I think Paul Krugman is partly correct here (boldface mine):
The G.O.P., by contrast, is one branch of a monolithic structure, movement conservatism, with a rigid ideology — tax cuts for the rich above all else. Other branches of the structure include a captive media that parrots the party line every step of the way. Compare the coverage of recent political developments on Fox News with almost everywhere else; we’re talking North Korea levels of alternative reality.
And this monolithic structure — lavishly supported by a small number of very, very wealthy families — rewards, indeed insists on, absolute fealty. Furthermore, the structure has been in place for a long time: It has been 36 years since Reagan was elected, 22 years since the Gingrich takeover of Congress. What this means is that nearly all Republicans in today’s Congress are apparatchiks, political creatures with no higher principle beyond party loyalty.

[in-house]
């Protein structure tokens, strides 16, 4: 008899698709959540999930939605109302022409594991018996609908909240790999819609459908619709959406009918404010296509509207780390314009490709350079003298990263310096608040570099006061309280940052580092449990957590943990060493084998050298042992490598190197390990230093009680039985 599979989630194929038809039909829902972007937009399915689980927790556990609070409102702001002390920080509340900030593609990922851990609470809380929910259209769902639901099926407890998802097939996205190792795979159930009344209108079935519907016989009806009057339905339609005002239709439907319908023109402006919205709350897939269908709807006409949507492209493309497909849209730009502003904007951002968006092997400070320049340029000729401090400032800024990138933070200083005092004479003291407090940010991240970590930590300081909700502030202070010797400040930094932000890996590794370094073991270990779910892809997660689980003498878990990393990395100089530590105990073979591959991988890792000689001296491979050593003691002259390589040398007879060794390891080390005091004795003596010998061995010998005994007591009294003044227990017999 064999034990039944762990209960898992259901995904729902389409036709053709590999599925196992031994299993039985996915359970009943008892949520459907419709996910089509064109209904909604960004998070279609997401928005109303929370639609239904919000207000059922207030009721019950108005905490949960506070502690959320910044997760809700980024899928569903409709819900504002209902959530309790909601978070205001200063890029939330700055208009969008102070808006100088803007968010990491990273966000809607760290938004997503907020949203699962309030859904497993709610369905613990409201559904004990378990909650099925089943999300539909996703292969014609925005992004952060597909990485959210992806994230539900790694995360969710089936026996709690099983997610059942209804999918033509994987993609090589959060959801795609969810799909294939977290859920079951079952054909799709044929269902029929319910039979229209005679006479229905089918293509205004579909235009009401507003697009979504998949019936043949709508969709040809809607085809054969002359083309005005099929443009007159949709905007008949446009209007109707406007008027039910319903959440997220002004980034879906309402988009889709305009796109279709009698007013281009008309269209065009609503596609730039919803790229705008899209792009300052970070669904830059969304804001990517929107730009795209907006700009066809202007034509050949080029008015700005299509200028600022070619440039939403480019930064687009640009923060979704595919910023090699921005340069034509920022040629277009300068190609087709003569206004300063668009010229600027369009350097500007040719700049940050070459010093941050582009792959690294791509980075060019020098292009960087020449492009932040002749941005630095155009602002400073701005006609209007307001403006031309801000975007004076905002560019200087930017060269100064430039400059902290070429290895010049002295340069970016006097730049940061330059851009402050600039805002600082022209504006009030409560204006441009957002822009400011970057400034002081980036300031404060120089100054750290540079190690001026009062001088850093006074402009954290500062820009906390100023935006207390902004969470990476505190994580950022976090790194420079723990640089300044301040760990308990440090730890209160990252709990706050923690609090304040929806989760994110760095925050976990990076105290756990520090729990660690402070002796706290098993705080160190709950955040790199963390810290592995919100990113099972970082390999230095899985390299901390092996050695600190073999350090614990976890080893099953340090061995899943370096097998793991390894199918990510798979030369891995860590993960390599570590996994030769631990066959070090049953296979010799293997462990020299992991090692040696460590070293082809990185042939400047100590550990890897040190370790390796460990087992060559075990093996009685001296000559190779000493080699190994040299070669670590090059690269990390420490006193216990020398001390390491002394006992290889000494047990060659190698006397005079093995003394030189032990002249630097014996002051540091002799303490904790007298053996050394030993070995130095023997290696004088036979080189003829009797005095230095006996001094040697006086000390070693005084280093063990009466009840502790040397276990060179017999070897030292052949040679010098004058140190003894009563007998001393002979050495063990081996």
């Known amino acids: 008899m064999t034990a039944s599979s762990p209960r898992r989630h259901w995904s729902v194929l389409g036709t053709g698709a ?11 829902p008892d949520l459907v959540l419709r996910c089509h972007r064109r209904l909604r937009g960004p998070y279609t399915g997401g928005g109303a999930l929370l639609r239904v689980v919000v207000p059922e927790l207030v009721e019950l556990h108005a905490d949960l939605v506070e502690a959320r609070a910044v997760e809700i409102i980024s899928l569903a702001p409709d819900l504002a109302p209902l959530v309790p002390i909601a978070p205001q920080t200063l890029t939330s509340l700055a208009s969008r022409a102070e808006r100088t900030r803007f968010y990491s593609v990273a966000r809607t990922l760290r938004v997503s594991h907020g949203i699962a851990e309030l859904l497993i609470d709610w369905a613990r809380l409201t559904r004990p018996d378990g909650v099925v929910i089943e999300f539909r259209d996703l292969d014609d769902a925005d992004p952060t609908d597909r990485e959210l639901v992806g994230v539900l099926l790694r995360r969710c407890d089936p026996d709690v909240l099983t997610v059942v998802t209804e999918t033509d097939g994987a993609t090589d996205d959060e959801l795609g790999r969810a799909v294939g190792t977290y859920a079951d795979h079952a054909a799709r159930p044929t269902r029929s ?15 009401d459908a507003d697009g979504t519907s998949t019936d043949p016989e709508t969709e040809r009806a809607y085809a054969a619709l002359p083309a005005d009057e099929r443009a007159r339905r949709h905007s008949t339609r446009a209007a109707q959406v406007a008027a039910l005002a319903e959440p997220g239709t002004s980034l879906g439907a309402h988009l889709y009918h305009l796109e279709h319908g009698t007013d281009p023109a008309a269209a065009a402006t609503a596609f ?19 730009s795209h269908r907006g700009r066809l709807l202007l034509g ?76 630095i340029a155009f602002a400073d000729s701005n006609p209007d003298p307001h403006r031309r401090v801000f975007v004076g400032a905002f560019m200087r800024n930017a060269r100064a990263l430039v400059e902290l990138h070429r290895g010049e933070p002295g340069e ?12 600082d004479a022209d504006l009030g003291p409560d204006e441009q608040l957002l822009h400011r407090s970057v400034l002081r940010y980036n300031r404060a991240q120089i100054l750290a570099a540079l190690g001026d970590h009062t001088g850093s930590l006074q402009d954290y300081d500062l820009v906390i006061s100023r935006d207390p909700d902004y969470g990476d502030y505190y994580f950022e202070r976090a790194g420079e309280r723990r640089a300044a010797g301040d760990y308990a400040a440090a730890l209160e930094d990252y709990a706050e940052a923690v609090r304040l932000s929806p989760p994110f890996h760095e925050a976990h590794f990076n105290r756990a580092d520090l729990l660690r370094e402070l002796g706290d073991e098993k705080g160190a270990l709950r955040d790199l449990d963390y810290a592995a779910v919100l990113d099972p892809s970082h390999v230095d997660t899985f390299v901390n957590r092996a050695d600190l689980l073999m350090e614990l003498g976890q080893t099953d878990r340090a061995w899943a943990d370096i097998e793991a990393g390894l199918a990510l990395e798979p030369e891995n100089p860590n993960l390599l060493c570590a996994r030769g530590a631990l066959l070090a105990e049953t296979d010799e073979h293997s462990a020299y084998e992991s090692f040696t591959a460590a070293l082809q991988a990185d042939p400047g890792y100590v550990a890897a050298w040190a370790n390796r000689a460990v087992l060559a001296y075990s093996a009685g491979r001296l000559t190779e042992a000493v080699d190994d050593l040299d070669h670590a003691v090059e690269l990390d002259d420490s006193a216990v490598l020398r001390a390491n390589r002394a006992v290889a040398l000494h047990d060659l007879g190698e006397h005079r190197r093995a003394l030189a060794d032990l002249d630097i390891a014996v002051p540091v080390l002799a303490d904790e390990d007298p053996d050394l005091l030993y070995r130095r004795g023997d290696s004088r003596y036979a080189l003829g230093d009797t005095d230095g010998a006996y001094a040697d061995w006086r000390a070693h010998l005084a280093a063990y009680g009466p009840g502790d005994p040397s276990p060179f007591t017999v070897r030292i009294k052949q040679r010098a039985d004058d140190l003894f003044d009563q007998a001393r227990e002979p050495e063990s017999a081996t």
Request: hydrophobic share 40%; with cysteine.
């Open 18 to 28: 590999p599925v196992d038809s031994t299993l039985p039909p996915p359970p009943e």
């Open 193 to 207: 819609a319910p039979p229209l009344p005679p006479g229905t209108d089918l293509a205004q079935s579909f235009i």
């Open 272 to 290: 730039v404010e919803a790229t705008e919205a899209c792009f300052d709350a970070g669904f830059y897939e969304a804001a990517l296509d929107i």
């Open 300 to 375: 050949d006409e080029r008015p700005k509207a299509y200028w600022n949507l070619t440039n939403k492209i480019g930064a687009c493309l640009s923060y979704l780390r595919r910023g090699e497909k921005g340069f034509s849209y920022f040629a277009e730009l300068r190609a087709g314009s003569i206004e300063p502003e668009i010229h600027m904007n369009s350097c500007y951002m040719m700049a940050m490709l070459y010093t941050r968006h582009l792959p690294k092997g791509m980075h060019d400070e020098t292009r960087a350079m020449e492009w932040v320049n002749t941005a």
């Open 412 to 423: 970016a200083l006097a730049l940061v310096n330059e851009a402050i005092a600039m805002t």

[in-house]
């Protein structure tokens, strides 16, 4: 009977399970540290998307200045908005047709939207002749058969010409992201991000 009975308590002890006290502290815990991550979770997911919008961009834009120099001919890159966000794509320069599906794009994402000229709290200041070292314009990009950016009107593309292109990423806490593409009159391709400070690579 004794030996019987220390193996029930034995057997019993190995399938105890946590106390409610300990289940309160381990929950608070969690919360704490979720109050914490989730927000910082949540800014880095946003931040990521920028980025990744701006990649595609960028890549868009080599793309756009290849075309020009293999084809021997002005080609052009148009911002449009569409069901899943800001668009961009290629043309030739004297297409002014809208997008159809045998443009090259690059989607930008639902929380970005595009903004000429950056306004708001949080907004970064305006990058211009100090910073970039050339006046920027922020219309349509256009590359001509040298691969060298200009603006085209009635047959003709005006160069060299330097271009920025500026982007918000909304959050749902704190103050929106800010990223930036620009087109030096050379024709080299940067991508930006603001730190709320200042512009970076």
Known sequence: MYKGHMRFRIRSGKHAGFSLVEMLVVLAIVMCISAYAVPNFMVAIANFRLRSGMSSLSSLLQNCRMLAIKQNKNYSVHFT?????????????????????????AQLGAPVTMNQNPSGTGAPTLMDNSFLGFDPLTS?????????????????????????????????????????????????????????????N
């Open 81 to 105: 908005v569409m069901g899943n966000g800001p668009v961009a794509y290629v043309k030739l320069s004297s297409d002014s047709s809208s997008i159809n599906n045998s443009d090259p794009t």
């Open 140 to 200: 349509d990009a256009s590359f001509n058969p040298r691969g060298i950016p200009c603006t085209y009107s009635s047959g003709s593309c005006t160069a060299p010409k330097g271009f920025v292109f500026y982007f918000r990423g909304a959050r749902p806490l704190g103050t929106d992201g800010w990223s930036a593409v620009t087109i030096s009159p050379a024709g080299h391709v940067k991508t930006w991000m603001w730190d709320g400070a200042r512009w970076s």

But there’s a second problem. In a less polarized era, there were enough Republicans who wouldn’t lose everything if Nixon were impeached (or forced to resign). Liberal Republicans wouldn’t see every policy they liked want go up in smoke. Yes, they could lose majorities and policy might be pushed somewhat leftward.
But today, if you’re a Republican–which, as Krugman notes, means you’re a movement conservative–if Trump is impeached, you lose everything: anti-abortion federal judges, the ability to kill the ACA, all sorts of regulatory rules, the ability to massively tilt the electoral landscape in your favor. As importantly, most Republicans will gain nothing. Impeachment, and its consequences, would be a devastating blow to their agenda (mind you, this is a good thing).
So they won’t break until they are less likely to have their agenda move ahead with Trump than without him. And I’m not sure I see that happening anytime soon.